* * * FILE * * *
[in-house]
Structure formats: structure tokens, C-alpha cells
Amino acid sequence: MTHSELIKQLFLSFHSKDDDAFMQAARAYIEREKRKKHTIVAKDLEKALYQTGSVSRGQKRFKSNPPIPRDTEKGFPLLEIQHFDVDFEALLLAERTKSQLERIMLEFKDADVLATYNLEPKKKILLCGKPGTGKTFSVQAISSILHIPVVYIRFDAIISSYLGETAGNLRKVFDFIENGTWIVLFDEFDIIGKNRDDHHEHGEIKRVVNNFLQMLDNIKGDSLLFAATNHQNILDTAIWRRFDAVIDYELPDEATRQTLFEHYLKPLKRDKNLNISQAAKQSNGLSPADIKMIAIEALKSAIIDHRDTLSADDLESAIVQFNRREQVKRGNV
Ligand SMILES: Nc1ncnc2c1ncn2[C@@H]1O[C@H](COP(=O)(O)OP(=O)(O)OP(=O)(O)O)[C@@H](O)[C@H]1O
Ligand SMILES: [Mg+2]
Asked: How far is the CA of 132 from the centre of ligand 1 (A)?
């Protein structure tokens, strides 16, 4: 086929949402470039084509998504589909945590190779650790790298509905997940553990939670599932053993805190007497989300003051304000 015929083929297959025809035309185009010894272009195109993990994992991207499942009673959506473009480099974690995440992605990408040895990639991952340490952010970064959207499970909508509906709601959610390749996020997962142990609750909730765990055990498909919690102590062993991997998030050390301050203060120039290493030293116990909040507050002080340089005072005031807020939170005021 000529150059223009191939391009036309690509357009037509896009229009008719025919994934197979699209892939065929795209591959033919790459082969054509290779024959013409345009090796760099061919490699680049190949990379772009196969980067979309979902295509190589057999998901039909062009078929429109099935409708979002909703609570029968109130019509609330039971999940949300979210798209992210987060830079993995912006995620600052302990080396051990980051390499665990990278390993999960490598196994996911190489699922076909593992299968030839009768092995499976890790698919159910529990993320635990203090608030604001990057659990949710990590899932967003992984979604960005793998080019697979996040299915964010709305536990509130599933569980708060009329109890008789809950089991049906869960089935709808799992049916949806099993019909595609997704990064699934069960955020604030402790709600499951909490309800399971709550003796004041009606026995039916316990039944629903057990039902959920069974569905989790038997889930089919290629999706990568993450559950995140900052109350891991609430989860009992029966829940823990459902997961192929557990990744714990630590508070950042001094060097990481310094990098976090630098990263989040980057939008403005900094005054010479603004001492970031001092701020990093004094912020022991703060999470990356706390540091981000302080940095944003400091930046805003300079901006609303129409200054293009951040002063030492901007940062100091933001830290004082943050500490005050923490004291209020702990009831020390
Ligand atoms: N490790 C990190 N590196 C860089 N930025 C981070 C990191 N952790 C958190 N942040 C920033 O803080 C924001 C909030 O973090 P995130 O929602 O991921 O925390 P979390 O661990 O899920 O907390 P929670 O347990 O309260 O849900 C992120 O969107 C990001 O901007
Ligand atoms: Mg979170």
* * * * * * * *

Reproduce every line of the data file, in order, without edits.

[in-house]
Structure formats: structure tokens, C-alpha cells
Amino acid sequence: MTHSELIKQLFLSFHSKDDDAFMQAARAYIEREKRKKHTIVAKDLEKALYQTGSVSRGQKRFKSNPPIPRDTEKGFPLLEIQHFDVDFEALLLAERTKSQLERIMLEFKDADVLATYNLEPKKKILLCGKPGTGKTFSVQAISSILHIPVVYIRFDAIISSYLGETAGNLRKVFDFIENGTWIVLFDEFDIIGKNRDDHHEHGEIKRVVNNFLQMLDNIKGDSLLFAATNHQNILDTAIWRRFDAVIDYELPDEATRQTLFEHYLKPLKRDKNLNISQAAKQSNGLSPADIKMIAIEALKSAIIDHRDTLSADDLESAIVQFNRREQVKRGNV
Ligand SMILES: Nc1ncnc2c1ncn2[C@@H]1O[C@H](COP(=O)(O)OP(=O)(O)OP(=O)(O)O)[C@@H](O)[C@H]1O
Ligand SMILES: [Mg+2]
Asked: How far is the CA of 132 from the centre of ligand 1 (A)?
């Protein structure tokens, strides 16, 4: 086929949402470039084509998504589909945590190779650790790298509905997940553990939670599932053993805190007497989300003051304000 015929083929297959025809035309185009010894272009195109993990994992991207499942009673959506473009480099974690995440992605990408040895990639991952340490952010970064959207499970909508509906709601959610390749996020997962142990609750909730765990055990498909919690102590062993991997998030050390301050203060120039290493030293116990909040507050002080340089005072005031807020939170005021 000529150059223009191939391009036309690509357009037509896009229009008719025919994934197979699209892939065929795209591959033919790459082969054509290779024959013409345009090796760099061919490699680049190949990379772009196969980067979309979902295509190589057999998901039909062009078929429109099935409708979002909703609570029968109130019509609330039971999940949300979210798209992210987060830079993995912006995620600052302990080396051990980051390499665990990278390993999960490598196994996911190489699922076909593992299968030839009768092995499976890790698919159910529990993320635990203090608030604001990057659990949710990590899932967003992984979604960005793998080019697979996040299915964010709305536990509130599933569980708060009329109890008789809950089991049906869960089935709808799992049916949806099993019909595609997704990064699934069960955020604030402790709600499951909490309800399971709550003796004041009606026995039916316990039944629903057990039902959920069974569905989790038997889930089919290629999706990568993450559950995140900052109350891991609430989860009992029966829940823990459902997961192929557990990744714990630590508070950042001094060097990481310094990098976090630098990263989040980057939008403005900094005054010479603004001492970031001092701020990093004094912020022991703060999470990356706390540091981000302080940095944003400091930046805003300079901006609303129409200054293009951040002063030492901007940062100091933001830290004082943050500490005050923490004291209020702990009831020390
Ligand atoms: N490790 C990190 N590196 C860089 N930025 C981070 C990191 N952790 C958190 N942040 C920033 O803080 C924001 C909030 O973090 P995130 O929602 O991921 O925390 P979390 O661990 O899920 O907390 P929670 O347990 O309260 O849900 C992120 O969107 C990001 O901007
Ligand atoms: Mg979170």